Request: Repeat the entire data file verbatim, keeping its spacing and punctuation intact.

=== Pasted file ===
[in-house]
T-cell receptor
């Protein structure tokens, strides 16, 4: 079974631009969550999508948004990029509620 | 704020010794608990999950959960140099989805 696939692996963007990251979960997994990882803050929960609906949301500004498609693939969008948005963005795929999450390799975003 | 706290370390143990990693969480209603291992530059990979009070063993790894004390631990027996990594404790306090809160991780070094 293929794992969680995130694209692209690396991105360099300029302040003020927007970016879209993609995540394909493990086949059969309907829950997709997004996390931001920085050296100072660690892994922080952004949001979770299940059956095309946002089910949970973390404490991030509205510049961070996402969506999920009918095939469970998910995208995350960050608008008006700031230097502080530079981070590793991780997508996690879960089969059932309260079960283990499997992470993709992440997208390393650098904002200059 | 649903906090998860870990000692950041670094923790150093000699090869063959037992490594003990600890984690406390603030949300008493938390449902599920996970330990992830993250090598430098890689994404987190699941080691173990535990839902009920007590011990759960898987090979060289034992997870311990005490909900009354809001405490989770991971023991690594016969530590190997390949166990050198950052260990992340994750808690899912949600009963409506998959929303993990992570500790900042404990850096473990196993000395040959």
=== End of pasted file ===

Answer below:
[in-house]
T-cell receptor
């Protein structure tokens, strides 16, 4: 079974631009969550999508948004990029509620 | 704020010794608990999950959960140099989805 696939692996963007990251979960997994990882803050929960609906949301500004498609693939969008948005963005795929999450390799975003 | 706290370390143990990693969480209603291992530059990979009070063993790894004390631990027996990594404790306090809160991780070094 293929794992969680995130694209692209690396991105360099300029302040003020927007970016879209993609995540394909493990086949059969309907829950997709997004996390931001920085050296100072660690892994922080952004949001979770299940059956095309946002089910949970973390404490991030509205510049961070996402969506999920009918095939469970998910995208995350960050608008008006700031230097502080530079981070590793991780997508996690879960089969059932309260079960283990499997992470993709992440997208390393650098904002200059 | 649903906090998860870990000692950041670094923790150093000699090869063959037992490594003990600890984690406390603030949300008493938390449902599920996970330990992830993250090598430098890689994404987190699941080691173990535990839902009920007590011990759960898987090979060289034992997870311990005490909900009354809001405490989770991971023991690594016969530590190997390949166990050198950052260990992340994750808690899912949600009963409506998959929303993990992570500790900042404990850096473990196993000395040959």